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Slender-billed Kite
Helicolestes hamatus

Status: Lower risk

Population Trend: Unknown.

Other Names: Rostrhamus hamatus.

Helicolestes hamatus
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Distribution: Neotropical.  Eastern PANAMA (Darién) locally east through COLOMBIA (Chocó, Antioquia, Amazonas) to extreme northeastern ECUADOR to western, northern, and southeastern VENEZUELA (Apure, Monagas, Bolívar) and the GUIANAS, south through Amazonian BRAZIL to northern BOLIVIA (Beni) and eastern PERU. more....

Subspecies: Monotypic.

Taxonomy: Placed in the genus Rostrhamus by most authorities since this recommendation was made by Amadon (1964). However, Wetmore (1965) and Thiollay (1994) recommended returning this species to a monotypic genus because of differences in flight style, vocalizations, courtship displays, and habitat between this species and the superficially similar Snail Kite, Rostrhamus sociabilis. The latter treatment was recently endorsed by the American Ornithologists' Union Committee on Classification and Nomenclature (Banks et al. 2008) and the AOU's South American Classification Committee (Remsen et al. 2008).

Movements: Probably somewhat nomadic in response to changing water conditions, but regarded as non-migratory by Bildstein (2004).

Habitat and Habits: Occurs in lowlands and is more forest-inhabiting than the related Snail Kite, usually frequenting swamps, shallow lagoons, freshwater marshes, drying ponds, and várzea forest. In the Cocha Cashu area of Manu National Park in Peru, it hunts snails in dense shrubby areas along the edges of marshes (Robinson 1994). Soars often, but briefly, sometimes in small groups.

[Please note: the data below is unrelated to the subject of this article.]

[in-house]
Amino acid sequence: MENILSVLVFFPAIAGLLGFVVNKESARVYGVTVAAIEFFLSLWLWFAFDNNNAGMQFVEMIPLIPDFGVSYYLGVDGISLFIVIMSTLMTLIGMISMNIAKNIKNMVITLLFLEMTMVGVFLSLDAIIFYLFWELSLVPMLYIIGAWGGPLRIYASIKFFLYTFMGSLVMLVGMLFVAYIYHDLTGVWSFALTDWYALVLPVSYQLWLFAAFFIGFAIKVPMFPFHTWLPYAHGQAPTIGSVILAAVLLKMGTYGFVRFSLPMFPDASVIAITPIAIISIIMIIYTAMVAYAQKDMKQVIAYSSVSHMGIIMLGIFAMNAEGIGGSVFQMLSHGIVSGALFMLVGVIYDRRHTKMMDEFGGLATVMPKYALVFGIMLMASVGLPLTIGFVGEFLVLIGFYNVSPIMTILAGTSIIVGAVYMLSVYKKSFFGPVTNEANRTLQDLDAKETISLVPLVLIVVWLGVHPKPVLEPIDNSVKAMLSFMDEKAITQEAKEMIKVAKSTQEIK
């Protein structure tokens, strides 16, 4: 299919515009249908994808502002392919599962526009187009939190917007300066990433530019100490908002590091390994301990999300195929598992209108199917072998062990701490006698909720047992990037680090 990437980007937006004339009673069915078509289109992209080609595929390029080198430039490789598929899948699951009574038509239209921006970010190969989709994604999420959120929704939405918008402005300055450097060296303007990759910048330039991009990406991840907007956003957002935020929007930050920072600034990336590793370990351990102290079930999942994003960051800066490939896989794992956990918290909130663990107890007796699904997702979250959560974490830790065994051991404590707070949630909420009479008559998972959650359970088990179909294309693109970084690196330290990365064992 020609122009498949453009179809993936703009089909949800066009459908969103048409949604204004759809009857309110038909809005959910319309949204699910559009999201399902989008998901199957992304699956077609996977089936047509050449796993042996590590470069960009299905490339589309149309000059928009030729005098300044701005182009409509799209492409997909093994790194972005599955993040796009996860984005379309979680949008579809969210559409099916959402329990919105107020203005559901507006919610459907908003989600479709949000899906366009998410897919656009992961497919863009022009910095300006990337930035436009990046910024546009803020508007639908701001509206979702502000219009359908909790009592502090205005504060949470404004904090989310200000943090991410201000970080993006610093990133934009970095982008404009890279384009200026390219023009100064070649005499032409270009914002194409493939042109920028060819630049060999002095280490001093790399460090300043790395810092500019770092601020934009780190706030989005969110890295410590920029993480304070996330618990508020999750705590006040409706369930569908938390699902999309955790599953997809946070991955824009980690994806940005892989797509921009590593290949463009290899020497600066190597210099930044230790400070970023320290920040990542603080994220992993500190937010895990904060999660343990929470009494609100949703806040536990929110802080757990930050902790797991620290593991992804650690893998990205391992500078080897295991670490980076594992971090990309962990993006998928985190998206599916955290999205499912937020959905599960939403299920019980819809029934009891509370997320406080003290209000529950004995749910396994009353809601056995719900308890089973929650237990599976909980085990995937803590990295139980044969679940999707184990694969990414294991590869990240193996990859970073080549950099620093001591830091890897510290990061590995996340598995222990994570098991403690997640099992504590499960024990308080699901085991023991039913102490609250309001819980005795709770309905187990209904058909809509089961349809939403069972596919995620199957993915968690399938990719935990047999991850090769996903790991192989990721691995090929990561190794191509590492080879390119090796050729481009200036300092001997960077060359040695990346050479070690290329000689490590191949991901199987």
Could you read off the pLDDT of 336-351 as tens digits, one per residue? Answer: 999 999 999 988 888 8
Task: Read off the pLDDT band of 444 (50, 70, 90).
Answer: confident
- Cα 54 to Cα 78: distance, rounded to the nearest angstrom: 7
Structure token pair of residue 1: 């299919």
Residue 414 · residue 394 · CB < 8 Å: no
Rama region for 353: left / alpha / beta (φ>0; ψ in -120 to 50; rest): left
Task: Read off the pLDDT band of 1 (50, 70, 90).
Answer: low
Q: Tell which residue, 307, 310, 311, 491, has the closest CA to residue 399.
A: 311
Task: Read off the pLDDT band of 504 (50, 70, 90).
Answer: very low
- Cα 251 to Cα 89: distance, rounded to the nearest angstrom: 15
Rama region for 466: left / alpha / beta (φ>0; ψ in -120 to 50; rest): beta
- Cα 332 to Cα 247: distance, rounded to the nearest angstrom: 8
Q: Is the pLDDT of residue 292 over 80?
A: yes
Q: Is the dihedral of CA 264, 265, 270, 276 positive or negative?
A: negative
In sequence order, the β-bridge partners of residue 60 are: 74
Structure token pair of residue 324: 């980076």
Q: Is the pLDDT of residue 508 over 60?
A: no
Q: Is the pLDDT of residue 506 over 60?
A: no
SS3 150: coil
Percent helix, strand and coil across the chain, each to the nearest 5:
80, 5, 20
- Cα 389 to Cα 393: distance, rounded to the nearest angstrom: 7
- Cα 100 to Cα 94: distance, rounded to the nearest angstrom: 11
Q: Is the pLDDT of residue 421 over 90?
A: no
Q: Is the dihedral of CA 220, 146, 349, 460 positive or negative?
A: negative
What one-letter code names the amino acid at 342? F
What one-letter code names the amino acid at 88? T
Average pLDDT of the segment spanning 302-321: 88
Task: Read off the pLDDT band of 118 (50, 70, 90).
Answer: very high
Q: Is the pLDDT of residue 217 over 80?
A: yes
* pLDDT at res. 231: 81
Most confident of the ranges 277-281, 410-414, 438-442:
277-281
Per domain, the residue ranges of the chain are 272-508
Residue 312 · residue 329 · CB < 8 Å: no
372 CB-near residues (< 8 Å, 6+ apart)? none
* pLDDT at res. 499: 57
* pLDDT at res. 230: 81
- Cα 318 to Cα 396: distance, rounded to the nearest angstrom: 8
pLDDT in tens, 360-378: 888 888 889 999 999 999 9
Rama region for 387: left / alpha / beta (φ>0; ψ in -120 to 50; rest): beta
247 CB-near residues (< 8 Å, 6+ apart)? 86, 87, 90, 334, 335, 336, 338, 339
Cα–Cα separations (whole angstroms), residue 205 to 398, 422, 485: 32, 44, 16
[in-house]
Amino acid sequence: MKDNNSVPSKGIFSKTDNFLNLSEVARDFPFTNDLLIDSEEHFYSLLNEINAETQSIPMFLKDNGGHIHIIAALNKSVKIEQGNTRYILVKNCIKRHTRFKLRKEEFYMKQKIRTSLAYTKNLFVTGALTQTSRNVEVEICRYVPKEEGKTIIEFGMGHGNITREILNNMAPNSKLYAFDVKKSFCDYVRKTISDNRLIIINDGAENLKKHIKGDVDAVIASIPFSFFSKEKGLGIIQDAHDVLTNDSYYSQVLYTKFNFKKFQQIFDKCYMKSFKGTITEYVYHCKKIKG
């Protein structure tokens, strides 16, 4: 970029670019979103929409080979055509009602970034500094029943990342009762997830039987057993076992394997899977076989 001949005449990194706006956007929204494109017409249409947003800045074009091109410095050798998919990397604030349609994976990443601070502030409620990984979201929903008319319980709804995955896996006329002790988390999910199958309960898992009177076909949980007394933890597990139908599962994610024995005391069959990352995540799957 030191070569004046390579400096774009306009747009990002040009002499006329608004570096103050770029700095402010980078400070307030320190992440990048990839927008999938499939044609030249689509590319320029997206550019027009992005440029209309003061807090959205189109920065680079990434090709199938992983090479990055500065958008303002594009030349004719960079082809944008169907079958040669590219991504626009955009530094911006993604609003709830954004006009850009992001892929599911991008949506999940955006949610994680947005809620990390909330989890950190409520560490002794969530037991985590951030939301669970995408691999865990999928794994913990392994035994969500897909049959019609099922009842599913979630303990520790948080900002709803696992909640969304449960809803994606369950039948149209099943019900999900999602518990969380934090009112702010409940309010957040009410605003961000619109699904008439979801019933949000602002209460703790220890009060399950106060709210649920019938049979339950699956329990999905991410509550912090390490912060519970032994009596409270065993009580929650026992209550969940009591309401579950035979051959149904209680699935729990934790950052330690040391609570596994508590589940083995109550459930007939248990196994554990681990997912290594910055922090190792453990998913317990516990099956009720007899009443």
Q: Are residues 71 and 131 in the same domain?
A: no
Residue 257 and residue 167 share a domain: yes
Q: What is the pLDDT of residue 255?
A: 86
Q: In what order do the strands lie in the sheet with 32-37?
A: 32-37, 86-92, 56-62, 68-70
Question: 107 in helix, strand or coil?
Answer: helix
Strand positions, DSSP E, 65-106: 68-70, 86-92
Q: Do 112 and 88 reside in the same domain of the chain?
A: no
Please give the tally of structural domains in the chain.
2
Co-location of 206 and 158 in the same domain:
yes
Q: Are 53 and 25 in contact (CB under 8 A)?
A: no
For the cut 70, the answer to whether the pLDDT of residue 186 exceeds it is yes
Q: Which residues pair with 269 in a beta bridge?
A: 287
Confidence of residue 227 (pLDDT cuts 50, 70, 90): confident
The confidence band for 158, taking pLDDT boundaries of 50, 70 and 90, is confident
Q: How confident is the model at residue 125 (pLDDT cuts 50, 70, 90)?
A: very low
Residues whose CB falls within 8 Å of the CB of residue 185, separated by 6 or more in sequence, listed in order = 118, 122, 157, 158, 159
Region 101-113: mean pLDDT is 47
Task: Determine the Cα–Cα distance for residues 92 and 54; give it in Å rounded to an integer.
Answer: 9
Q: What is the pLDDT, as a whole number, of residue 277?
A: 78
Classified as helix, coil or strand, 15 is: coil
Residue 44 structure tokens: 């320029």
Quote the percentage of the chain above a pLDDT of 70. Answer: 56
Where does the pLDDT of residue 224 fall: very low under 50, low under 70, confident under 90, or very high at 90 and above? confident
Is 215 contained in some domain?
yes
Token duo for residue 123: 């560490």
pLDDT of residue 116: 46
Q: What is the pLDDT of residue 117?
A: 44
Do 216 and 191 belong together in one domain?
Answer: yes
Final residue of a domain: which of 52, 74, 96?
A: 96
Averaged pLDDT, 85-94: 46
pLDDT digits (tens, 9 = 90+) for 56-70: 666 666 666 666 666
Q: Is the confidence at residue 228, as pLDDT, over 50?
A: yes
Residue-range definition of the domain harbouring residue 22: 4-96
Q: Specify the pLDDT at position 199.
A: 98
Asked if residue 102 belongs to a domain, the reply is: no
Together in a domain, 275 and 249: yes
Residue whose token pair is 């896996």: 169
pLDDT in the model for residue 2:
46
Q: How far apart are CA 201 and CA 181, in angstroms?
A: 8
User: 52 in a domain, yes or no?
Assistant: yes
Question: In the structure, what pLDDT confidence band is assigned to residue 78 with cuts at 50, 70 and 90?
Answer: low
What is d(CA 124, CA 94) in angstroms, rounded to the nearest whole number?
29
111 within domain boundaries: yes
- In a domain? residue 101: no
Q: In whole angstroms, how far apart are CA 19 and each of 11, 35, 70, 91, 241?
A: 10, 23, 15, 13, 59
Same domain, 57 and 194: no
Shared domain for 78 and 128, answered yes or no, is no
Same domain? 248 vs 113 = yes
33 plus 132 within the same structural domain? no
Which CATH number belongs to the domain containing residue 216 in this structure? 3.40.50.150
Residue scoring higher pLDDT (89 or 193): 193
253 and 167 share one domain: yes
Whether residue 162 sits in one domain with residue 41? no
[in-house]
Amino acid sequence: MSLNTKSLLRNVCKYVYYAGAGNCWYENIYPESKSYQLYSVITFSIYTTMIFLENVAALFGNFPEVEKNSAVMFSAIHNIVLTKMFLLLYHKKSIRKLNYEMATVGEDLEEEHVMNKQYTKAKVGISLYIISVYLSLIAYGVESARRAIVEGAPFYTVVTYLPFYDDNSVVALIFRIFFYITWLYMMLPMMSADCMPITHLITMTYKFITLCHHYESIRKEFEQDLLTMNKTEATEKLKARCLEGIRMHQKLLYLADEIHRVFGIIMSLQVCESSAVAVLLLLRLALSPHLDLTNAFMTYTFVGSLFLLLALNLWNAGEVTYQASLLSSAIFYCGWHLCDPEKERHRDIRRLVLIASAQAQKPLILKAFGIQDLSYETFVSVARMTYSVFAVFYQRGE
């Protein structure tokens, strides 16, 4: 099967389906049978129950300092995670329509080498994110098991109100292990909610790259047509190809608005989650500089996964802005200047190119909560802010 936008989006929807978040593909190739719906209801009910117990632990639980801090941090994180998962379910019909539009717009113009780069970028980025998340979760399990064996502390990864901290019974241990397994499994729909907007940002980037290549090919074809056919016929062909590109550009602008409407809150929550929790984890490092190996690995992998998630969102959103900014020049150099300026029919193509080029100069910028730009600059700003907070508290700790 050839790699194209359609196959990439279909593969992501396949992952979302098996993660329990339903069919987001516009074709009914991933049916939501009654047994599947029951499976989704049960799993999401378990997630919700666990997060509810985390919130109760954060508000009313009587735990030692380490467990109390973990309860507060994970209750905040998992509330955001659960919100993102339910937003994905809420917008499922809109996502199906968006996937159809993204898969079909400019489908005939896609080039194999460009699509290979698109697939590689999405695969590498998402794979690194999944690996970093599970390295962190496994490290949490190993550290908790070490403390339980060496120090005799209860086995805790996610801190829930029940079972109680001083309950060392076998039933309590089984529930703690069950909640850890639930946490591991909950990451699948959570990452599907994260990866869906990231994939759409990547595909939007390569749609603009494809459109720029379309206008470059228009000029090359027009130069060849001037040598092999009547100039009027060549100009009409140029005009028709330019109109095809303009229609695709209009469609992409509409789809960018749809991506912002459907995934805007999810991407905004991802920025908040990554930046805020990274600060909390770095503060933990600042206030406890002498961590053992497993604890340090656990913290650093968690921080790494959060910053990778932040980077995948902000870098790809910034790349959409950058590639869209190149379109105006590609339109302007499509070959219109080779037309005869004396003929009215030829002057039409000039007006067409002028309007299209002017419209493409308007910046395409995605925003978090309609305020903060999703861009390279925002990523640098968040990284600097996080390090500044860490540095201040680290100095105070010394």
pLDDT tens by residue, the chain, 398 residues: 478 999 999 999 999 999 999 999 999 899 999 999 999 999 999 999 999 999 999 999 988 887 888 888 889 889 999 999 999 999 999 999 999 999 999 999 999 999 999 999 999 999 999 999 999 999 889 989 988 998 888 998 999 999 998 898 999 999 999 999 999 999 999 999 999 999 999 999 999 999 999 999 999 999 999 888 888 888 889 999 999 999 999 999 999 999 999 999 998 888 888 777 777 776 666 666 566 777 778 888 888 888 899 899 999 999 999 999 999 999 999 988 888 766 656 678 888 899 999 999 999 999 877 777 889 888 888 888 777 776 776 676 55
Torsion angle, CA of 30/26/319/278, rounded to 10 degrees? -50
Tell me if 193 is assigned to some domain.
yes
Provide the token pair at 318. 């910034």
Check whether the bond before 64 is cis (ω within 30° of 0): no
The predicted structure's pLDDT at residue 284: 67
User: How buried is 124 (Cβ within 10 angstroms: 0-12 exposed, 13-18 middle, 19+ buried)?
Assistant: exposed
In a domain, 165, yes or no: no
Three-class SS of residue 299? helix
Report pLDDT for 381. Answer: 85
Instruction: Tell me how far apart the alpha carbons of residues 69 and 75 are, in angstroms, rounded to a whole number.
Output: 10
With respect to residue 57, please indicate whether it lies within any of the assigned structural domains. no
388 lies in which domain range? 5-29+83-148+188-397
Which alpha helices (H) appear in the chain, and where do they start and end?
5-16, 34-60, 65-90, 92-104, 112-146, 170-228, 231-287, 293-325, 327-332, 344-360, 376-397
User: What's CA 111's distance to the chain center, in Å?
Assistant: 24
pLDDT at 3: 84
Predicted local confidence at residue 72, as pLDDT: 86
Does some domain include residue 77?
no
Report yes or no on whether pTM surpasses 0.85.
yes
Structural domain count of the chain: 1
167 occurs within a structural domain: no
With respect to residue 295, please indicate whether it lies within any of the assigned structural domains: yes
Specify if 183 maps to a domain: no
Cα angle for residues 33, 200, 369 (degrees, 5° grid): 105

Food and Feeding Behavior: Feeds mostly on freshwater snails (Pomacea) spp., but also on crabs. Unlike Snail Kites, this species invariably forages from perches (Sick 1993), often within the forest, and several individuals may be seen hunting in the same area. more....

Breeding: The nest is a small platform of twigs placed high in a tree in flooded forest. Haverschmidt (1959) found a nest on a large branch of a hugh cotton-tree grolwing in a coffee plantation. Clutch size is 2 eggs, which are white with heavy smudges of brown and cinnamon.

Conservation: Generally uncommon and local in most portions of its range, but poorly studied. Presumably vulnerable to any factor that affects its specialized food supply. Further study may reveal that this is a "species of concern" in some portions of its range. Categorized as a species of "Least Concern" by BirdLife International.

Important References: 
Beissinger, S.R., B.T. Thomas, and S.D. Strahl. 1988. Vocalizations, food
  habits, and nesting biology of the Slender-billed Kite with comparisons to
  the Snail Kite. Wilson Bulletin 100:604-616.
Bierregaard, R.O. 1994. Slender-billed Kite. Pp. 117 in del Hoyo, J., A.
  Elliott, and J. Sargatal (eds). Handbook of birds of the world. Vol. 2. New
  World vultures to guineafowl. Lynx Edicions, Barcelona, Spain.
Haverschmidt, F. 1959. Notes on Helicolestes hamatus in Surinam. Auk
Sick, H. 1993. Birds in Brazil: a natural history. Princeton University
  Press, Princeton, NJ.
Voous, K.H. 1969. Predation potential in birds of prey from Surinam. Ardea

Sites of Interest:
Aves de Rapina do Brasil
Species account, with emphasis on Brazil.

Last modified: 4/16/2011

Recommended Citation: Global Raptor Information Network. 2022. Species account: Slender-billed Kite Helicolestes hamatus. Downloaded from http://www.globalraptors.org on 27 Jan. 2022

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